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Filming the polar bear fight


Figuring out how to stage the polar bear fight
Billy Williams Film-maker
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Now we came to the question of shooting the bear fight. We built a real igloo — it's fascinating to watch the way an igloo is built — it can be built in an hour or two and you just cut... you... you need the right kind of snow and you need a knife, like a long knife about that long, and it's usually done by a man and a woman. The man cuts the ice blocks and they're a bit like oversized breeze blocks, and he cuts them and with his wife, builds the igloo. And she fills in the cracks with snow and they build it in a perfect sphere and then they leave a space at the top for light to come in. And we watched the film, Nanook of the North, the 1920's film, we looked at that for reference and we saw that Nan... in Nanook of the North that they took a piece of ice and used that as a window, so that you got light in during daylight hours so, you know, we faked that. But once we're inside this igloo, it was altogether different from the igloos that we'd used in the studio because the light was different; it had a sort of bluey-green quality and it... it had a very different atmosphere of... of stillness, you couldn't hear anything, and it was a really extraordinary sensation. And so we built this igloo to shoot in and... and then the... the local people, the local Inuit, also built a big Inuit [sic] which was like the Unit Restroom, where you could go in and have a cup of tea. Which was about 12’ diameter, I suppose, and sitting in this... it is an uncanny feeling, sitting in this all having cups of tea with this freezing weather outside and of course, still freezing cold inside. So we built our igloo and the scene is of our hero, Agaguk, asleep during daylight and the polar bear appears and has to smash through the igloo, treads on Agaguk's rifle, so he can't use his gun. It... our hero escapes out of the igloo and attacks the polar bear with a knife and kills the polar bear. It needed a lot of cuts and we hadn't... it hadn’t been worked out how we were going to do this. We arrive in... in the Arctic and the producer introduced us to a new member of the cast. He'd hired a giant, a giant wrestler, who was 7' 10" tall and weighed about 28 stone, I think. It was the biggest man I've ever seen and he was beautifully proportioned and immensely strong and everything about him was big, except his feet. He didn't have big feet.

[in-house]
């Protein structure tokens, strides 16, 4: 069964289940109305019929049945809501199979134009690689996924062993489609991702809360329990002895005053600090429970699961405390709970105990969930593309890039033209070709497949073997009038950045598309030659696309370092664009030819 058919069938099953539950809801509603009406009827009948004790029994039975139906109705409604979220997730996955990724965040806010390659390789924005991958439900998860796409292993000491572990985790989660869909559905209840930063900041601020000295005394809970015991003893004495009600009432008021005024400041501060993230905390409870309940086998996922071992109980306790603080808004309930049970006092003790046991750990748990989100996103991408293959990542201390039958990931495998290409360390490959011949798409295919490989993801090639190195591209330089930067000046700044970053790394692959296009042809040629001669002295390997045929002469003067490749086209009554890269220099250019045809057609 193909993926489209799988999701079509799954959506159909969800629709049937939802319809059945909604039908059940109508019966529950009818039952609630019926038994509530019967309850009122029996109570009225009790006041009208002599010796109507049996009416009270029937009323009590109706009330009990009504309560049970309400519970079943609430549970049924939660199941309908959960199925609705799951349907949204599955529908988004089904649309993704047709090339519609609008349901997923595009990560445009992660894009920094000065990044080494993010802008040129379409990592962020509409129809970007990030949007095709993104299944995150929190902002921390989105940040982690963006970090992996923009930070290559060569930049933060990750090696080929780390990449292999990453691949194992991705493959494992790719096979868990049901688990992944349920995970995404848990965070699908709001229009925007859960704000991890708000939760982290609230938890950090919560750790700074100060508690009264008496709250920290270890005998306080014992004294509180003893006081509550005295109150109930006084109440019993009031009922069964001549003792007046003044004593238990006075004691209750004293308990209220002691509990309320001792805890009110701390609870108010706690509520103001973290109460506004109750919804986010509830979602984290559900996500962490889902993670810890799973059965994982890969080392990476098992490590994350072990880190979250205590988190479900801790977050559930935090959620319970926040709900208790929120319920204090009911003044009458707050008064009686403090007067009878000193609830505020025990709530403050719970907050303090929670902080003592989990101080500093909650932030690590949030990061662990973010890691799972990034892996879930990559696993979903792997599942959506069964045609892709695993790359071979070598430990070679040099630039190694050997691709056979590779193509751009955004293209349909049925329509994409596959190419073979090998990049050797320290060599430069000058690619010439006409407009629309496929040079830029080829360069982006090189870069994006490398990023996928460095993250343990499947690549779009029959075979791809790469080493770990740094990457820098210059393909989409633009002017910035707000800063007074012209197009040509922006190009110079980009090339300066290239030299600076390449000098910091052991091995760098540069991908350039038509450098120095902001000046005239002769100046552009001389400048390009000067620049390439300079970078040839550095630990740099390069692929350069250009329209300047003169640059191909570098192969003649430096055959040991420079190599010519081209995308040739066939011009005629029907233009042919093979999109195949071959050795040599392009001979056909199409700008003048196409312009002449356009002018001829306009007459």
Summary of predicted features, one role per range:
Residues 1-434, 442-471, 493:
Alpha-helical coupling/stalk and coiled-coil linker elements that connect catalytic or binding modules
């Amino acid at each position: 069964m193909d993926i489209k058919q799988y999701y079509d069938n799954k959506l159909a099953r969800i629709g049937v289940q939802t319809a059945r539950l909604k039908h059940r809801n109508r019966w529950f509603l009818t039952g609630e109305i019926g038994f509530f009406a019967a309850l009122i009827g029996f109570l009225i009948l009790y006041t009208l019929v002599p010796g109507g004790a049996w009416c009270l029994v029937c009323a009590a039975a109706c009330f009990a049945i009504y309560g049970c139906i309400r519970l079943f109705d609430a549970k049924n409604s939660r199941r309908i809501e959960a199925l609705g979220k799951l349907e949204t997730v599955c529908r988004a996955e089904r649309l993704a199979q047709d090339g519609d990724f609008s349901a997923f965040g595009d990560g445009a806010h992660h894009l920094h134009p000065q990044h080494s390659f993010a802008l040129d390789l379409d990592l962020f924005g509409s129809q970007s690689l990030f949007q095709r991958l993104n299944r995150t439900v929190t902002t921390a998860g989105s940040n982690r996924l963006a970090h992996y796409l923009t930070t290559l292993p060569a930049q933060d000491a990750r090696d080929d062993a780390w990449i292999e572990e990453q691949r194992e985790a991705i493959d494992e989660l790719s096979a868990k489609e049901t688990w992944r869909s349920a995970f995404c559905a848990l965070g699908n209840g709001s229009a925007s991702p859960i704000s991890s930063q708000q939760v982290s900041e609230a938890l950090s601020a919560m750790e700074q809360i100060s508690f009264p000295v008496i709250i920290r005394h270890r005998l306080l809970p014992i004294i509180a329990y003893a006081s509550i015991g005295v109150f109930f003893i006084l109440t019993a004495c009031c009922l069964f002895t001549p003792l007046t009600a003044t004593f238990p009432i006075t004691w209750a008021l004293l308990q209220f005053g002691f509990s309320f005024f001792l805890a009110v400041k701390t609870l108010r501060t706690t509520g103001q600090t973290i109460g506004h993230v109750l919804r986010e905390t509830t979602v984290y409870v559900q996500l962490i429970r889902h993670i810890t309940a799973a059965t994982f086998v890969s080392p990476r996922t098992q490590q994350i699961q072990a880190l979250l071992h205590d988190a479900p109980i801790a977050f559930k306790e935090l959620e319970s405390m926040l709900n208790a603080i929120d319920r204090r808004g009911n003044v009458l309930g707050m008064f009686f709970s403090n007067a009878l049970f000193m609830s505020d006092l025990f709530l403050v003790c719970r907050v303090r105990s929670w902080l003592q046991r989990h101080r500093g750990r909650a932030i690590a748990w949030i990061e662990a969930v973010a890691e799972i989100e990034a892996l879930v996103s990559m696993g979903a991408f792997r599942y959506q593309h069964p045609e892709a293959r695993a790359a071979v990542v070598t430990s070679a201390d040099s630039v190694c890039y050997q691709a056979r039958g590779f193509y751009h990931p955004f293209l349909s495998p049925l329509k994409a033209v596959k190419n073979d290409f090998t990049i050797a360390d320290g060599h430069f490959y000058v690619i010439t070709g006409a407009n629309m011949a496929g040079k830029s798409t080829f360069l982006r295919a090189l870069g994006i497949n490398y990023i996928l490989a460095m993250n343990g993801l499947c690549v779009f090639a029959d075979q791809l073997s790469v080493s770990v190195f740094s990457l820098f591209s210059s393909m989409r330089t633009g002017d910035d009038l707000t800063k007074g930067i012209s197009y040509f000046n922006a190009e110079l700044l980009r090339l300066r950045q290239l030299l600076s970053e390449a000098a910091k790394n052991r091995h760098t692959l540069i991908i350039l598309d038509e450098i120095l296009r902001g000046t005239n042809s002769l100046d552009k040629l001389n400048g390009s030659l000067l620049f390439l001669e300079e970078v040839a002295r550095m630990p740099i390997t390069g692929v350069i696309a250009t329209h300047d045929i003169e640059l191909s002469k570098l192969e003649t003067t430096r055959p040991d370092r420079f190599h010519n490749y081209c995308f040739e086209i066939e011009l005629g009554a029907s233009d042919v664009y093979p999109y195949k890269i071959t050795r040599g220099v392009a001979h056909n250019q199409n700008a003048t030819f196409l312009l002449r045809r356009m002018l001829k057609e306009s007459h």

Billy Williams, London-born cinematographer Billy Williams gained his first two Oscar nominations for the acclaimed “Women in Love” and “On Golden Pond”. His third nomination, which was successful, was for the epic “Gandhi”. He was President of the British Society of Cinematographers, and was awarded the Camera Image Festival’s Lifetime Achievement Award in 2000.

Listeners: Neil Binney

Neil Binney began working as a 'clapper boy' in 1946 on spin-off films from steam radio such as "Dick Barton". Between 1948-1950 he served as a Royal Air Force photographer. From 1950 he was a Technicolor assistant technician working on films such as John Ford's "Mogambo" (photographed by Freddie Young), Hitchcock's "The Man Who Knew Too Much" (Bob Burke), and Visconti's "Senso" (G.R. Aldo/B. Cracker). As a camera assistant he worked on "Mind Benders", "Billy Liar" and "This Sporting Life". Niel Binney became a camera operator in 1963 and worked with, among others, Jack Cardiff, Fred Tammes and Billy Williams. He was elected associate member of the British Society of Cinematographers in 1981 and his most recent credits include "A Fish Called Wanda" and "Fierce Creatures".

Duration: 3 minutes, 18 seconds

Date story recorded: September 2003

Date story went live: 24 January 2008